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Senior Faculty Mentors

The Office of Educational Equity houses two Senior Faculty Mentors who serve as a critical resource, particularly for underrepresented racial/ethnic minority tenure-track faculty members and other marginalized identities at Penn State.


The Senior Faculty Mentors are available to offer guidance that helps facilitate the attainment of tenure, promotion, and advancement at each faculty career stage, including the transition to retirement. Senior Faculty Mentors have extensive knowledge and experience that includes varied administrative leadership, faculty mentorship, faculty advancement, and career development. Their understanding of and practice with matters of equity and inclusion in higher education are the foundation of their commitment to diversity at Penn State.

Senior Faculty Mentors are part of the Office of Educational Equity’s broader effort to maintain an equitable and inclusive learning and workplace environment at Penn State. Tenure-track faculty members from underrepresented racial/ethnic minorities and those from other marginalized identities are especially encouraged to consider Senior Faculty Mentors as a resource, though all are welcome.

In line with Penn State's commitment to the excellence and long-term diversity of its faculty, Senior Faculty Mentor services include, but are not limited to:

  • One-on-one consultations, including reviews of faculty member dossiers; informal guidance on progress to tenure and promotion; and the exploration/development of varied potential academic career trajectories (e.g., department head, associate dean opportunities, post retirement, etc.).
  • An initial point of contact for the identification and navigation of resources to address experiences of concern in the workplace.
  • Provision of supplemental funding for faculty members to engage in professional conferences and/or publish research that strengthens their scholarly profiles s in support of tenure, promotion and continued academic career  success.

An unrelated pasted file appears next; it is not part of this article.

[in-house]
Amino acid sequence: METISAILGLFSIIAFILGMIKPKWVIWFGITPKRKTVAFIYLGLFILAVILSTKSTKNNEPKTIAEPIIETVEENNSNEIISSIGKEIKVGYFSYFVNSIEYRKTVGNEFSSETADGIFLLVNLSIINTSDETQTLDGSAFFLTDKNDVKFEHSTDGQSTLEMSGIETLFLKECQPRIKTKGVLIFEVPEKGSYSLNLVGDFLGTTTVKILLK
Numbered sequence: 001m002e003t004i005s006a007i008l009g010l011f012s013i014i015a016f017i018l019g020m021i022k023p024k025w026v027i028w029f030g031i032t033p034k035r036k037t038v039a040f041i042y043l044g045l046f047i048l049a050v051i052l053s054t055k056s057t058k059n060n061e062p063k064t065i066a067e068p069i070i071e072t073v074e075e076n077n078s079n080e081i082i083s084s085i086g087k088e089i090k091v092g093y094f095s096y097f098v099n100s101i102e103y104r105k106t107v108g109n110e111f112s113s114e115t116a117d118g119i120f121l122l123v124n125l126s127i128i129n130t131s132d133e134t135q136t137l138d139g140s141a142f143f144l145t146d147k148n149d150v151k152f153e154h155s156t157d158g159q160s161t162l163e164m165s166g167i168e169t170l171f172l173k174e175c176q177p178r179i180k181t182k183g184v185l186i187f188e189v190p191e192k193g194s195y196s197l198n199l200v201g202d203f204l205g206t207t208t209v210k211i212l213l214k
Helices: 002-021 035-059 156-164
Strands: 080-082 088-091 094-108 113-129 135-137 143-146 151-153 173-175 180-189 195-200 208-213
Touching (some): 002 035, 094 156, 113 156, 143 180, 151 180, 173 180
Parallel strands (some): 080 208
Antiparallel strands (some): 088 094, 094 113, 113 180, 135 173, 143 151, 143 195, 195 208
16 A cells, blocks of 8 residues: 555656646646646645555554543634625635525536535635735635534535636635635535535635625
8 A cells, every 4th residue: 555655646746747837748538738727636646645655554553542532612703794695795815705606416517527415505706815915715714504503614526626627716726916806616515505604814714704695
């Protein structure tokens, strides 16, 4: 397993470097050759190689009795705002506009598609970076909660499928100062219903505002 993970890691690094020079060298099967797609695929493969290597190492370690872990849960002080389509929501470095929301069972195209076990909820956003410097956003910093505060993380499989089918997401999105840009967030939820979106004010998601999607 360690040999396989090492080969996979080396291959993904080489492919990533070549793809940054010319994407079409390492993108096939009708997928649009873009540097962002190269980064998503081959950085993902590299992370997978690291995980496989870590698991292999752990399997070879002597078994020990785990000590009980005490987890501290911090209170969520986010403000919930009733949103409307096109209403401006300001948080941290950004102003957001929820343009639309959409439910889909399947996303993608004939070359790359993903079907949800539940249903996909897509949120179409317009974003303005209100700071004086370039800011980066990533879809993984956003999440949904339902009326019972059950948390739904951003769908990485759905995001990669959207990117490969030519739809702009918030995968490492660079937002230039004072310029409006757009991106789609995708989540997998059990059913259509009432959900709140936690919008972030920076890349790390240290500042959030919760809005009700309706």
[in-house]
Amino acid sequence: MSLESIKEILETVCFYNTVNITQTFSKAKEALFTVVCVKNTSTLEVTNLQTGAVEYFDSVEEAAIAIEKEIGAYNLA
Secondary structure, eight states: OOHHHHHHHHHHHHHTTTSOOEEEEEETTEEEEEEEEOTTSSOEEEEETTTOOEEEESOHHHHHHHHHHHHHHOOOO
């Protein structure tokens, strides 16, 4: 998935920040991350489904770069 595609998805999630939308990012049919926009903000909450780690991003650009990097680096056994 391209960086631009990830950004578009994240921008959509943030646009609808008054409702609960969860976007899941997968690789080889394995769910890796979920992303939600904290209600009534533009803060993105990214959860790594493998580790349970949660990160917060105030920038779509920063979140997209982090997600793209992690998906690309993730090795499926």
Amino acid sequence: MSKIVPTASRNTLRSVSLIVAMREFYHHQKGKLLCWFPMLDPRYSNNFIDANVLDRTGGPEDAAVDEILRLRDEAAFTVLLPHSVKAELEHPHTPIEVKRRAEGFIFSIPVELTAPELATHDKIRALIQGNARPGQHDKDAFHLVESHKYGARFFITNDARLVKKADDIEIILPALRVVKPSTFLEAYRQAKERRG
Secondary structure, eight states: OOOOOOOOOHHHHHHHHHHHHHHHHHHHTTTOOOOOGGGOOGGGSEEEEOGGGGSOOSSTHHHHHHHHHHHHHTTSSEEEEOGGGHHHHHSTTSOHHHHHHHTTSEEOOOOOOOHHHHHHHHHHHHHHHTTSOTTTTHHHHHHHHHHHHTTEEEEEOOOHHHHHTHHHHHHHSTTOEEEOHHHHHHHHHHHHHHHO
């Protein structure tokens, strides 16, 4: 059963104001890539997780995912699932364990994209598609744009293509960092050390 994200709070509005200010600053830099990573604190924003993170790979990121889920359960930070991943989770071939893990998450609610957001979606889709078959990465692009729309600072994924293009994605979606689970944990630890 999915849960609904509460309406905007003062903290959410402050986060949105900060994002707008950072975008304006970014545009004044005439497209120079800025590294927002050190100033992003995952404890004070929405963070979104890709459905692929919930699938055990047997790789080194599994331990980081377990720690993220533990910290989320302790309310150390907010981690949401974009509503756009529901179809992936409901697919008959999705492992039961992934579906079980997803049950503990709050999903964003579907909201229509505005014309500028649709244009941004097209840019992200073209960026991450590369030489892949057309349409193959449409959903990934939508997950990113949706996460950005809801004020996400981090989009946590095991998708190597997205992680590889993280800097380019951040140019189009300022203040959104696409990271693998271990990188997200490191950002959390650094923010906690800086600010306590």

• Coordination of a series of colloquia, receptions, electronic, and other resources that build and maintain a professional support community.


The Senior Faculty Mentors is attached organizationally to the Office of the Vice Provost for Educational Equity. 

Keith Gilyard ImageKeith Gilyard,
Senior Faculty Mentor

A native New Yorker and two-time recipient of an American Book Award, Keith Gilyard has passionately embraced African American expressive culture over the course of his career as a poet, scholar, and educator. Beyond his own literary output, he has pursued—and in some instances merged—two main lines of humanistic inquiry: literary studies, with its concern for beauty and significant form, and rhetorical studies, with its emphasis on the effect of trope and argument in culture. Moreover, his interests branch out into popular culture, civic discourse, and educational praxis. A critical perspective concerning these areas is, in his view, integral to the development of discerning and productive publics both on and beyond campuses, and therefore crucial to the optimal practice of democracy. As a faculty member at Medgar Evers College-CUNY, Gilyard helped to establish (1986) the National Black Writers Conference, now convened biennially at that venue. At Syracuse University, he served as director of the Writing Program (1995–1999) and as interim chair of the Department of African American Studies (1996–1997). Upon his arrival at Penn State in 1999, he began planning the seventeenth Penn State Conference on Rhetoric and Composition, which was held during the summer of 2001 around the theme “American Ethnic Rhetorics.” In 2012, he served as chair of the University’s promotion and tenure committee.